270 F.3d 723 (8th Cir. 2001)
SIMMONS FOODS, INC., APPELLANT,
HILL'S PET NUTRITION, INC., APPELLEE.
UNITED STATES COURT OF APPEALS FOR THE EIGHTH CIRCUIT
Submitted: September 10, 2001
Filed: October 30, 2001
Appeal from the United States District Court for the Western District of ArkansasBefore Bowman, Heaney, and Bye, Circuit Judges.
Bye, Circuit Judge
Simmons Foods, Inc., (Simmons) an Arkansas corporation that produces pet food poultry meal, sued Hill's Pet Nutrition, Inc., (HPN) a Kansas corporation that produces and markets pet foods, for breach of contract and promissory estoppel. Simmons claimed that HPN breached the last two years of an alleged three-year contract for the sale and purchase of poultry meal. Simmons also claimed that HPN orally promised a long-term business relationship. Simmons sought to recover the value of business improvements made in reliance on that promise. The district court1 granted summary judgment in favor of HPN on both claims. We affirm.
Poultry by-product meal is the main ingredient in HPN's Science Diet and Prescription Diet pet foods. HPN started buying poultry meal from Simmons in 1986; at that time HPN obtained poultry meal from a number of suppliers under short- term (monthly or bimonthly) contracts. By 1988 or 1989, Simmons had modified its processing for "regular ash" poultry meal in accordance with HPN's specifications, and became one of HPN's regular suppliers. About the same time, HPN began negotiating longer-term contracts with fewer suppliers, one of which was Simmons. In early 1990, HPN and Simmons entered their first long-term written contract, a two-year agreement.
The first long-term contract was an "output" contract whereby HPN agreed to purchase all poultry meal produced by Simmons at its facility in Southwest City, Missouri. After the first contract expired in 1992, the parties entered into a series of one-year contracts through 1997. Some were "output" contracts like the first; at least one was a "requirements" contract whereby Simmons agreed to supply the needs of HPN's Los Angeles plant.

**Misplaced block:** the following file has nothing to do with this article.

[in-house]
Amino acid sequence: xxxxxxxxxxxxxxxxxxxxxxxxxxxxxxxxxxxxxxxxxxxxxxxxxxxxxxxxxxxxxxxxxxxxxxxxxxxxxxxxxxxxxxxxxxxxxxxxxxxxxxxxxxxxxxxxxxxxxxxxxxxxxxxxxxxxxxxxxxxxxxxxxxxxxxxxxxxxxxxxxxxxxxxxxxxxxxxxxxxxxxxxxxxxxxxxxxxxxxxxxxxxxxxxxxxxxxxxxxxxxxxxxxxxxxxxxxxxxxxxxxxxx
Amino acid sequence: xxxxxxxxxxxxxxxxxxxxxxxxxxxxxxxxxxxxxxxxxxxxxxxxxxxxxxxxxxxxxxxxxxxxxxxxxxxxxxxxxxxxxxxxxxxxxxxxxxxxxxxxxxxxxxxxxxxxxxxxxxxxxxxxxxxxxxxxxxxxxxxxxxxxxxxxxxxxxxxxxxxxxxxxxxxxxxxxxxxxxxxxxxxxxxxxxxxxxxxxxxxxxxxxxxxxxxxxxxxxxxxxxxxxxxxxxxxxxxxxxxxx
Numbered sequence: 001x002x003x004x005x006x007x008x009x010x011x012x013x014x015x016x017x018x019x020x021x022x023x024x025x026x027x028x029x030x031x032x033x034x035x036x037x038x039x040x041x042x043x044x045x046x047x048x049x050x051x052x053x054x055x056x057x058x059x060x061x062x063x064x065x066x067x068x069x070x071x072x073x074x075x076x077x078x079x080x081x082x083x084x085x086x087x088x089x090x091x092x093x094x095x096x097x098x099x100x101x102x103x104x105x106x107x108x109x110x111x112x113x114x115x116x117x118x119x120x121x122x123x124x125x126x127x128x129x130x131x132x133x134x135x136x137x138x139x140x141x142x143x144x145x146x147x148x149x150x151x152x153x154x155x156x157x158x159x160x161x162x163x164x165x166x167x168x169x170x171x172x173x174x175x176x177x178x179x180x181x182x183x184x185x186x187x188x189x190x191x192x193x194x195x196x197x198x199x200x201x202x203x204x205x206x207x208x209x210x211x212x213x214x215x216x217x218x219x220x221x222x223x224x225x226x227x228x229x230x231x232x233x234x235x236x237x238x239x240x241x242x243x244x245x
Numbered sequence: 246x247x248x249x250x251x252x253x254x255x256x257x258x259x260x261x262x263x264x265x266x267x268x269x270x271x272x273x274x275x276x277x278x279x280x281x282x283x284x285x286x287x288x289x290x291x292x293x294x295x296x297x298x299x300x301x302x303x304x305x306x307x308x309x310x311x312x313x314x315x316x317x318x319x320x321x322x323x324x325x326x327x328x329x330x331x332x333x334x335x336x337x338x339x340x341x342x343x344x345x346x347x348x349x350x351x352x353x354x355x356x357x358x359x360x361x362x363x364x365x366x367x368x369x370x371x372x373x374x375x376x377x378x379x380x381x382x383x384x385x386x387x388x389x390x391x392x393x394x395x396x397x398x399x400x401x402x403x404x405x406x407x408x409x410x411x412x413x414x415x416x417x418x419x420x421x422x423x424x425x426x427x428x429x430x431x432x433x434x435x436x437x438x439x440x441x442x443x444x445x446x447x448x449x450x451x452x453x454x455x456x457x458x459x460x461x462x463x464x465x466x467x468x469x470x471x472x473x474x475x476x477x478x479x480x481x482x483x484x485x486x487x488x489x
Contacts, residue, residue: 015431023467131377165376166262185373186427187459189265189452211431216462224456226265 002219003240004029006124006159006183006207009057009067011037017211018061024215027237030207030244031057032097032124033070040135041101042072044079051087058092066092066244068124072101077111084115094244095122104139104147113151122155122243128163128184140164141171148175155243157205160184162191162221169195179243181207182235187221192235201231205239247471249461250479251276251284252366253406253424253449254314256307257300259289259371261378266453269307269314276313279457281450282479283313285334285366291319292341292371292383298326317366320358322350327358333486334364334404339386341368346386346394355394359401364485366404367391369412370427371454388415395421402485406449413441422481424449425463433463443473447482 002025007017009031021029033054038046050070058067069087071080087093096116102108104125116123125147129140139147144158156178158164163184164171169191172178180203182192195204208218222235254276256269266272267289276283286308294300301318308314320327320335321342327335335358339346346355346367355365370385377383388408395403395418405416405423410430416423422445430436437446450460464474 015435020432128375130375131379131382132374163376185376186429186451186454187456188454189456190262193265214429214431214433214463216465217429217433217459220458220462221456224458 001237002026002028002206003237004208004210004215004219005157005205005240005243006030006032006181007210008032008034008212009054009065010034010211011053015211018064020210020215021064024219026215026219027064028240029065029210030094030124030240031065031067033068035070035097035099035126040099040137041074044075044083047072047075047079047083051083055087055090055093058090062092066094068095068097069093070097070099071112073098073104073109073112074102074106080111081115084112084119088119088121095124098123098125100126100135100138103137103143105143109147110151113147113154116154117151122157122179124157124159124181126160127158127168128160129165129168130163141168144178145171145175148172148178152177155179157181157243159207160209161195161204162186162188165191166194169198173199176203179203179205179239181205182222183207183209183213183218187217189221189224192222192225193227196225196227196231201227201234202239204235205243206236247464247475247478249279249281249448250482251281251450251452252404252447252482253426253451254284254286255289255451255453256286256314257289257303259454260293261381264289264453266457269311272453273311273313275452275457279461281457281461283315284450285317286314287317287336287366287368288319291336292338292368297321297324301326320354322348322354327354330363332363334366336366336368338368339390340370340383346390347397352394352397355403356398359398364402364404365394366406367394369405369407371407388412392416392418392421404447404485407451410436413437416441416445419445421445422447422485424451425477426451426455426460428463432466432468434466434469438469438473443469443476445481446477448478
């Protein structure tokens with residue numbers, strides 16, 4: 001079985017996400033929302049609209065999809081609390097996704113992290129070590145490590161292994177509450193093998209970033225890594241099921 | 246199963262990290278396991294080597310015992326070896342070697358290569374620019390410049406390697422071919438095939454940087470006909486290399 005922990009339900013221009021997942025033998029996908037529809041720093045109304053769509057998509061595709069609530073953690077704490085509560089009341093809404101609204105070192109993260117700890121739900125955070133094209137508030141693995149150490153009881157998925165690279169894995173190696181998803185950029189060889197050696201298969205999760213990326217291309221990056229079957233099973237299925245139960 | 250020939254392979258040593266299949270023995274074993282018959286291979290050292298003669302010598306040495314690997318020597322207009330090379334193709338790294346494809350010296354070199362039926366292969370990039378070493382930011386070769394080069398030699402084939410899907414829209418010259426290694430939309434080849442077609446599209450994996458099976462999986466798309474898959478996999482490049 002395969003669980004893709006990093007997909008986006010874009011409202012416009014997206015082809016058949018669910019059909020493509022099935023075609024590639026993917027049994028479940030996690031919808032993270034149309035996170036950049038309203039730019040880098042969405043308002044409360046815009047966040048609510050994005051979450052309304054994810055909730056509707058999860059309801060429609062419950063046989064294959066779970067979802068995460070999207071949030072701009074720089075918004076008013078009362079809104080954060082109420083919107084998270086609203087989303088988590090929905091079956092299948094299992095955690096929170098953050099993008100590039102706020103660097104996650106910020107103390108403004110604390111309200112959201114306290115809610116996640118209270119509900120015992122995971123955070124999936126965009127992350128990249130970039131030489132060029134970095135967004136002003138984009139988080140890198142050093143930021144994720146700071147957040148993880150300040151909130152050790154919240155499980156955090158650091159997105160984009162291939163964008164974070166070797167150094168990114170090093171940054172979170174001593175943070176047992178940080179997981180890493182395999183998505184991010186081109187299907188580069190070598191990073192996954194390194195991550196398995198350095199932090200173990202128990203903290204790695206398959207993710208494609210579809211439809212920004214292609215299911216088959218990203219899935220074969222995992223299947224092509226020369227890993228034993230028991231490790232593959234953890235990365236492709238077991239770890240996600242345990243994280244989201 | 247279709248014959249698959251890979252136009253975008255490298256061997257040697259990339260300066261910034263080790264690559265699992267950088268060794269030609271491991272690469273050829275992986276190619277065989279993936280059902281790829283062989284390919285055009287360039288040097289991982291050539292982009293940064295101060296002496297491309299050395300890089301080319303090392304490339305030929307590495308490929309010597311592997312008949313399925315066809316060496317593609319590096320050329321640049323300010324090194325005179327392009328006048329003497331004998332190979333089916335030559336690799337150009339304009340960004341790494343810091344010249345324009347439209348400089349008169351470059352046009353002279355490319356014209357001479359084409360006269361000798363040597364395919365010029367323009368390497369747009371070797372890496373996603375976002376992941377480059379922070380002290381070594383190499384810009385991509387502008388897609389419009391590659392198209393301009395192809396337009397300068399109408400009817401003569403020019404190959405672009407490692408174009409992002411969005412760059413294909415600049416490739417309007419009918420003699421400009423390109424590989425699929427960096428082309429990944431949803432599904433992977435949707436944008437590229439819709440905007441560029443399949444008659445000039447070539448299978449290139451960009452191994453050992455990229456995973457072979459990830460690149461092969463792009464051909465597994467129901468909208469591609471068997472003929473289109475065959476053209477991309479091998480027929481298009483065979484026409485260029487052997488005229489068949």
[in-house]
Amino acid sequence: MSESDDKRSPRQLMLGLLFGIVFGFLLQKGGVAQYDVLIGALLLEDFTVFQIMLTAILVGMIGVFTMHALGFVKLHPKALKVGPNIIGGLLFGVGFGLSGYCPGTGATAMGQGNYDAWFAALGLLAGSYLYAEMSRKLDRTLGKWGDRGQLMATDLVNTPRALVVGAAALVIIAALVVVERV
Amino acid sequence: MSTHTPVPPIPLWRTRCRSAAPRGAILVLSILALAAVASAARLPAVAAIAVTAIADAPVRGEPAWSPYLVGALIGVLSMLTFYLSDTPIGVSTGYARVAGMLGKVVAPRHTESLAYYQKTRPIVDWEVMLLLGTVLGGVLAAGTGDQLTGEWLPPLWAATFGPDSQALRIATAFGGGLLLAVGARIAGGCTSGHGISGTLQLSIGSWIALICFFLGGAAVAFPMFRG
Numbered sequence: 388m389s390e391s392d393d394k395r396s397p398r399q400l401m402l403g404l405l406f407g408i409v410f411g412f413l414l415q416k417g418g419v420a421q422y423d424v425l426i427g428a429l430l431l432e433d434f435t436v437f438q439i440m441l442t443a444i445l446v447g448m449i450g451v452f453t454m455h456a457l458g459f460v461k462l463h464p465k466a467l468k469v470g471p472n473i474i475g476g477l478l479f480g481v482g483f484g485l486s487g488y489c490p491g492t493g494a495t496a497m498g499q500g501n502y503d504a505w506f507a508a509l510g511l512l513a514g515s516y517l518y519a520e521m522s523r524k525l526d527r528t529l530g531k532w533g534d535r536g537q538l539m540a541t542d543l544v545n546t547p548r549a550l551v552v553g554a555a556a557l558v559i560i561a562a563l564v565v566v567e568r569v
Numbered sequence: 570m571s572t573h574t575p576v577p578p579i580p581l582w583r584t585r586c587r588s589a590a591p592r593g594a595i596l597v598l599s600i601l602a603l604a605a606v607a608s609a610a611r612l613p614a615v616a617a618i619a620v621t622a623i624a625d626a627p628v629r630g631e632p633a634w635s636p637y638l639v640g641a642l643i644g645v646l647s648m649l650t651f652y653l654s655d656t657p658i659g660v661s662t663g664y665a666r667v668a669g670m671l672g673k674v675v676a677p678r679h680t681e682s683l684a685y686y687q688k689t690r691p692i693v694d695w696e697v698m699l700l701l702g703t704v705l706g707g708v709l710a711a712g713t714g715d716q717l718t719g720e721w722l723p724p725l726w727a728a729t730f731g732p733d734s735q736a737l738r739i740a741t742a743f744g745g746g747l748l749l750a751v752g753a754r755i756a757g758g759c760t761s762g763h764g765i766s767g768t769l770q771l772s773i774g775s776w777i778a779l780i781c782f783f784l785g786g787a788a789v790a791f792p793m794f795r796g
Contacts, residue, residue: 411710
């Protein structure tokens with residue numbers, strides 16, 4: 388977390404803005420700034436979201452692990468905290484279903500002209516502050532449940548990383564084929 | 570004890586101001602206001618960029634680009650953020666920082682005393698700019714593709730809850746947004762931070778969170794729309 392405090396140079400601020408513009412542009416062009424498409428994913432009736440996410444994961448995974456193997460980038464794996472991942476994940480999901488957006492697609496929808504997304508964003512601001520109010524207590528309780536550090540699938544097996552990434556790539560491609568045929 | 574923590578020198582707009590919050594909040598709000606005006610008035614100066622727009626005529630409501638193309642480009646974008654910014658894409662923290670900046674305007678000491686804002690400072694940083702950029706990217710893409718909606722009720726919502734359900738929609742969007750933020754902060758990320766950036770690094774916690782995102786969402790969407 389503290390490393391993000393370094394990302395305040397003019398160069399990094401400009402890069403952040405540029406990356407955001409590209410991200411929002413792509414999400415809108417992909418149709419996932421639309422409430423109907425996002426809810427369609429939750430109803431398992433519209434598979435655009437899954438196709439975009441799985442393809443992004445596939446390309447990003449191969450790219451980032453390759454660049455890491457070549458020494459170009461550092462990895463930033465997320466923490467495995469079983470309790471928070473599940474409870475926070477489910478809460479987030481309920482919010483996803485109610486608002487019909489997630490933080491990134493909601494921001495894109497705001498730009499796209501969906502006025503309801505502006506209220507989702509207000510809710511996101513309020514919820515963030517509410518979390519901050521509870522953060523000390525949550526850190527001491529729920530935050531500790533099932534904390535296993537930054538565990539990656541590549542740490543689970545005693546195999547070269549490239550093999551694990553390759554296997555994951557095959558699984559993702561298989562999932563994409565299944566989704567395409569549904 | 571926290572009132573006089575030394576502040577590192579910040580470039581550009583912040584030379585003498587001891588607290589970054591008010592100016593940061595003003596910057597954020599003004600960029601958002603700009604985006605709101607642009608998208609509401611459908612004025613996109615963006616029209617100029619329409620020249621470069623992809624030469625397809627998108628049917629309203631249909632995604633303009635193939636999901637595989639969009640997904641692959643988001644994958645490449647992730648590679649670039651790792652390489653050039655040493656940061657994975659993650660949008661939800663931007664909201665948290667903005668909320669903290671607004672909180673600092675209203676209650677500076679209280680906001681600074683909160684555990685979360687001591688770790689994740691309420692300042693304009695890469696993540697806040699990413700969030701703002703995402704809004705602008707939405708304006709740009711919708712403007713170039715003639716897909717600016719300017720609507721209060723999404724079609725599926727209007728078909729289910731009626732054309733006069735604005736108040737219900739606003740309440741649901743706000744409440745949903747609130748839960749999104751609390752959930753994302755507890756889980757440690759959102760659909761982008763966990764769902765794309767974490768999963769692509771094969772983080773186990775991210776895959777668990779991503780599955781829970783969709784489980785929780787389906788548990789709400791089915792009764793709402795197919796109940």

In 1995, Simmons began expanding its operation to produce "low ash" poultry meal. "Low ash" is a higher, more expensive grade poultry meal than "regular ash," and requires machines called "classifiers" to remove ash from the poultry meal during the production process. Simmons expanded its operation because HPN needed "low ash" meal and wanted Simmons to produce it. At the time of these additional investments, Simmons contemplated asking HPN for a long-term contract to recoup money spent on improvements, but decided against it. Simmons's Chairman, Mark Simmons, when asked if Simmons requested a long-term supply agreement from HPN, answered, "I know we talked about the pros and cons of it internally, a little bit. I don't think that we actually asked them for a long term contract, no." Supp. App. 171. Simmons's Chief Operating Officer, Gene Woods, admitted that Simmons continued to negotiate one-year agreements following the expansion project: